It’s the rare announcement that makes you want to laugh and cry at the same time.
The(JWST), NASA’s successor to Hubble, has had its launch date officially pushed back once again. The next-generation observatory was once slated for blast-off in 2007. The latest target date is Halloween — October 31 — of 2021, NASA announced in a call with reporters Thursday.
JWST was most recently set to lift off from French Guiana in March 2021, but “technical challenges” and the(this is at least the 13th delay over the years).
NASA’s Webb telescope to see 13 billion light years away (pictures)
“The perseverance and innovation of the entire Webb Telescope team has enabled us to work through challenging situations we could not have foreseen on our path to launch this unprecedented mission,” said Thomas Zurbuchen, associate administrator for NASA’s Science Mission Directorate.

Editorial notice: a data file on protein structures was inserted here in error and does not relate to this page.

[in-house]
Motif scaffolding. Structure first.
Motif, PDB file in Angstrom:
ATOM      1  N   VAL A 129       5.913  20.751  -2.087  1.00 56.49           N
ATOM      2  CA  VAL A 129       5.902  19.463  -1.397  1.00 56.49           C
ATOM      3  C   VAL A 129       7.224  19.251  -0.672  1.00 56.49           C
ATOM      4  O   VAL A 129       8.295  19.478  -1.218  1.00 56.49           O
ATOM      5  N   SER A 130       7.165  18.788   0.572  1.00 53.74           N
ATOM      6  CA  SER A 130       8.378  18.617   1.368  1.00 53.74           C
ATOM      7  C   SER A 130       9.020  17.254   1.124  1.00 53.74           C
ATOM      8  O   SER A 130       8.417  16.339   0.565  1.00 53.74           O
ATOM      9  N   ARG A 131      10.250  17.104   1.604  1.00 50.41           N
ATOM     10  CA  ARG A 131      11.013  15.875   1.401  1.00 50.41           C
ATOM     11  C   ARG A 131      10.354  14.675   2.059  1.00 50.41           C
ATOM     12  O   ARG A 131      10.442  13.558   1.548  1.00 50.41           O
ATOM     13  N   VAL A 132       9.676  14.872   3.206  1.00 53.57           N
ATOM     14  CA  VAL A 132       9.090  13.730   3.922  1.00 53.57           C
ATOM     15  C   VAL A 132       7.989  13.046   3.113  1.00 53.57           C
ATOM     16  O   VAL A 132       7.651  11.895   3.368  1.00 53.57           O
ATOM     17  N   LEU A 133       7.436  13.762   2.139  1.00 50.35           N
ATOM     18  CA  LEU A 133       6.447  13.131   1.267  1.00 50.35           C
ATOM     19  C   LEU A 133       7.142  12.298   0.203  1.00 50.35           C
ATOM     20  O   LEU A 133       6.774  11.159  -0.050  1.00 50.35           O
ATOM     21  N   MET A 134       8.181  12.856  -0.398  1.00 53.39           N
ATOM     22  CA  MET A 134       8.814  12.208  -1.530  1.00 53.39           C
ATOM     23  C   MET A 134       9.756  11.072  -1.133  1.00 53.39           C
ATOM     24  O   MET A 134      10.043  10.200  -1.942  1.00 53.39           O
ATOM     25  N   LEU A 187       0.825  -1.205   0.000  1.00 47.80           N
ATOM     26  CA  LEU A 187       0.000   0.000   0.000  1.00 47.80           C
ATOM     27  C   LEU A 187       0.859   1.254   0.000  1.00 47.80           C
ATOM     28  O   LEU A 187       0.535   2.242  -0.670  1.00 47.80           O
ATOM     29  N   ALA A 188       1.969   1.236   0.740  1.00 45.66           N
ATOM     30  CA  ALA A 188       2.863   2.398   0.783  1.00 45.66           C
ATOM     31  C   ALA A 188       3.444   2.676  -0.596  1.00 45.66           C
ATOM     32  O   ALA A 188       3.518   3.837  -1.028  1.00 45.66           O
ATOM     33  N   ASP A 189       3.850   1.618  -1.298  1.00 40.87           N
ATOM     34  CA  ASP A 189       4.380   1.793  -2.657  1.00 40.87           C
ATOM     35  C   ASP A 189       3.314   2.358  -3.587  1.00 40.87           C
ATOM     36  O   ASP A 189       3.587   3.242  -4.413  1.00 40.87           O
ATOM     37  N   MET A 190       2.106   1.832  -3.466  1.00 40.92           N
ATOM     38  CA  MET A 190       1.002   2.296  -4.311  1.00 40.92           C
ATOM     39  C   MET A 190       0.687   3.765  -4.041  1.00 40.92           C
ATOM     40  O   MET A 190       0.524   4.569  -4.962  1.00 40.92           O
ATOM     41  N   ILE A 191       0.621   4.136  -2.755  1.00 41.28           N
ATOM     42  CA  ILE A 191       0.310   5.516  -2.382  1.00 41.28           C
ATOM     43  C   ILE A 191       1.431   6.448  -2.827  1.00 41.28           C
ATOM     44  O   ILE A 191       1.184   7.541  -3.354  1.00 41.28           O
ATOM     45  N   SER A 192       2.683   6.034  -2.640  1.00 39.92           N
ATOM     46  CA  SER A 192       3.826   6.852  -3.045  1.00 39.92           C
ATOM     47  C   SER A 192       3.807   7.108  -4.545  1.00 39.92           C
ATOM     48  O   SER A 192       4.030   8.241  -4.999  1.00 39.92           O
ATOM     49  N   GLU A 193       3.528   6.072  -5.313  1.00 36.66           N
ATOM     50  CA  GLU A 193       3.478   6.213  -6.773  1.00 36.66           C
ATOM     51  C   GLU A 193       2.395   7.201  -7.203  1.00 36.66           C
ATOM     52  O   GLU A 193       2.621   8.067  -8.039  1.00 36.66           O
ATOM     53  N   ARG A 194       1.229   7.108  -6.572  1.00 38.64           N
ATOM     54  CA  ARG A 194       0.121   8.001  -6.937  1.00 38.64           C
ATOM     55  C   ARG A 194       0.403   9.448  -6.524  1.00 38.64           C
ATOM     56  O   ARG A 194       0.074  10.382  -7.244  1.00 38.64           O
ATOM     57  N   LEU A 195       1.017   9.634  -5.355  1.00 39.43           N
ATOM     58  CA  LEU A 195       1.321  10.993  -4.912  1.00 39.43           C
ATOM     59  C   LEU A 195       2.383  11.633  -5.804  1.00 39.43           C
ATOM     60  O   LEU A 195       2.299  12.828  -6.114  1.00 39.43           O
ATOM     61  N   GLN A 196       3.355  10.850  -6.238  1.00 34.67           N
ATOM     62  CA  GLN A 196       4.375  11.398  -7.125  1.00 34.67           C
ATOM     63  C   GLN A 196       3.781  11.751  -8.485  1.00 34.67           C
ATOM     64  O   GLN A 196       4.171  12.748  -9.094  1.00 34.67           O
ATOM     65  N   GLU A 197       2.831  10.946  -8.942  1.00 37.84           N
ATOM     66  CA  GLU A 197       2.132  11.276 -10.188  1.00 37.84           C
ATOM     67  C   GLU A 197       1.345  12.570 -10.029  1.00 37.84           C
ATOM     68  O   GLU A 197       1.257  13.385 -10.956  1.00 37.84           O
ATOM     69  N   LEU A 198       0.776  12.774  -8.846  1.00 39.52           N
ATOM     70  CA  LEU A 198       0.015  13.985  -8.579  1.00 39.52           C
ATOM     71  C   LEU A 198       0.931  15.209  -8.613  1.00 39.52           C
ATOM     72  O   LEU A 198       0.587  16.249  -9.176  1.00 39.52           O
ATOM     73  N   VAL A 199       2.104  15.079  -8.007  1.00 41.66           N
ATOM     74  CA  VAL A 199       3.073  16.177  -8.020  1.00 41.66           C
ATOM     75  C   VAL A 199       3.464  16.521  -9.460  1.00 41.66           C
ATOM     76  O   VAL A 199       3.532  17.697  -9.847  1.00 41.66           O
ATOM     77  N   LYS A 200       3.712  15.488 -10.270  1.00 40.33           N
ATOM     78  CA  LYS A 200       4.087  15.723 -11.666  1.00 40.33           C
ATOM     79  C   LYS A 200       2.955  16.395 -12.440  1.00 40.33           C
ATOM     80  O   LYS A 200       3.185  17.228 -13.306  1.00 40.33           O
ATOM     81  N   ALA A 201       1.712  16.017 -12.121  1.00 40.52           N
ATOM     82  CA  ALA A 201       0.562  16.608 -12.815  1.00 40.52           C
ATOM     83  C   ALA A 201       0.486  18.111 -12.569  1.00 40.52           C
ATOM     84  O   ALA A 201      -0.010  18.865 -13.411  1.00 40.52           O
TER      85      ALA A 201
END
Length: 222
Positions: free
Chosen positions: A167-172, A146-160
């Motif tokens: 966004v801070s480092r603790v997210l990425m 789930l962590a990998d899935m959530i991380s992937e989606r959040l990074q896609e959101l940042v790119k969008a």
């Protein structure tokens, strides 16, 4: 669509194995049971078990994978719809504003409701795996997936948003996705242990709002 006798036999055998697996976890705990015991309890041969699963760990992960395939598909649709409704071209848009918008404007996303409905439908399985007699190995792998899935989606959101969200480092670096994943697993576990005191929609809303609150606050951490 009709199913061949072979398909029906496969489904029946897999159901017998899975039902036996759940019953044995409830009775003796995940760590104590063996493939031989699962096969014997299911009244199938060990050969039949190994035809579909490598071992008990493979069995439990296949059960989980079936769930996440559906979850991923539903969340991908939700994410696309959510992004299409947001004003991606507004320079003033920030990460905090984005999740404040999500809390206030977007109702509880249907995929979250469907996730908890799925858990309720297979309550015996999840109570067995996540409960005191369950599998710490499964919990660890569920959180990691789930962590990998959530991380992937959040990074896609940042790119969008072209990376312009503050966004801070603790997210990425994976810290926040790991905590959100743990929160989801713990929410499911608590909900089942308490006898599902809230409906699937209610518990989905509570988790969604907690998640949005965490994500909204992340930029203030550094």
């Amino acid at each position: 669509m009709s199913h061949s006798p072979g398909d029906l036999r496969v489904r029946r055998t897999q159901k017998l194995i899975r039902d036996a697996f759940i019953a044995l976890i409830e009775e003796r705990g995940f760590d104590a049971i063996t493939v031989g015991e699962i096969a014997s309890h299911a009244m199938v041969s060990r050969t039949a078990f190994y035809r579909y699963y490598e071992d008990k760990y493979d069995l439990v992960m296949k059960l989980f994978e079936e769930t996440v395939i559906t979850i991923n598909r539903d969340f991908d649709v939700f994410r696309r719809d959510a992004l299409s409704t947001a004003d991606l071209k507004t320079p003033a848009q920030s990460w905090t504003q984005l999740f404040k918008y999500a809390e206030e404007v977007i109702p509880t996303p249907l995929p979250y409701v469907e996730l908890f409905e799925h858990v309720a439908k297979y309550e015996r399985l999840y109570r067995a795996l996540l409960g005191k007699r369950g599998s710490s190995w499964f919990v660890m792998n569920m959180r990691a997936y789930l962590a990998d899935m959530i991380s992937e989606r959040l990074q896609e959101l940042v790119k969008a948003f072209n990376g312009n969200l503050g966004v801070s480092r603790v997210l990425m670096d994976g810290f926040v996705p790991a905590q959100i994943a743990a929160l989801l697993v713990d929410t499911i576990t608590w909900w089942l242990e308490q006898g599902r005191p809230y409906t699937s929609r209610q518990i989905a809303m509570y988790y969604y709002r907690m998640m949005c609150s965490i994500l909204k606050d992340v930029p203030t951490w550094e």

Once all testing is complete, the telescope will be literally folded up “origami style” and shipped to South America to prepare for launch on an Ariane 5 rocket. In orbit, it will unfold to its full size, which is about that of a tennis court.
When it finally becomes operational, JWST is expected to help greatly advance our understanding of the earliest periods of the universe’s history and also look for signs of life on distant exoplanets.
- Pandemic thriller Utopia on Amazon might be the perfect viewing
- 2021 Jaguar F-Pace refreshed with new styling, luxury and tech
- 2020 Halloween full moon: This year’s spooky spectacle brings a rare twist
- The best minimalist wallet for 2020
- NASA chief calls for prioritizing Venus after surprise find hints at alien life
- YouTube is adding a new Shorts feature to rival TikTok and Instagram Reels
- Paul Rudd, world’s youngest 51-year-old, tells fellow kids to mask up
- Jonathan Majors to join MCU as villain Kang the Conquerer, report says
- TikTok ban won’t prevent employees from being paid, US says in filing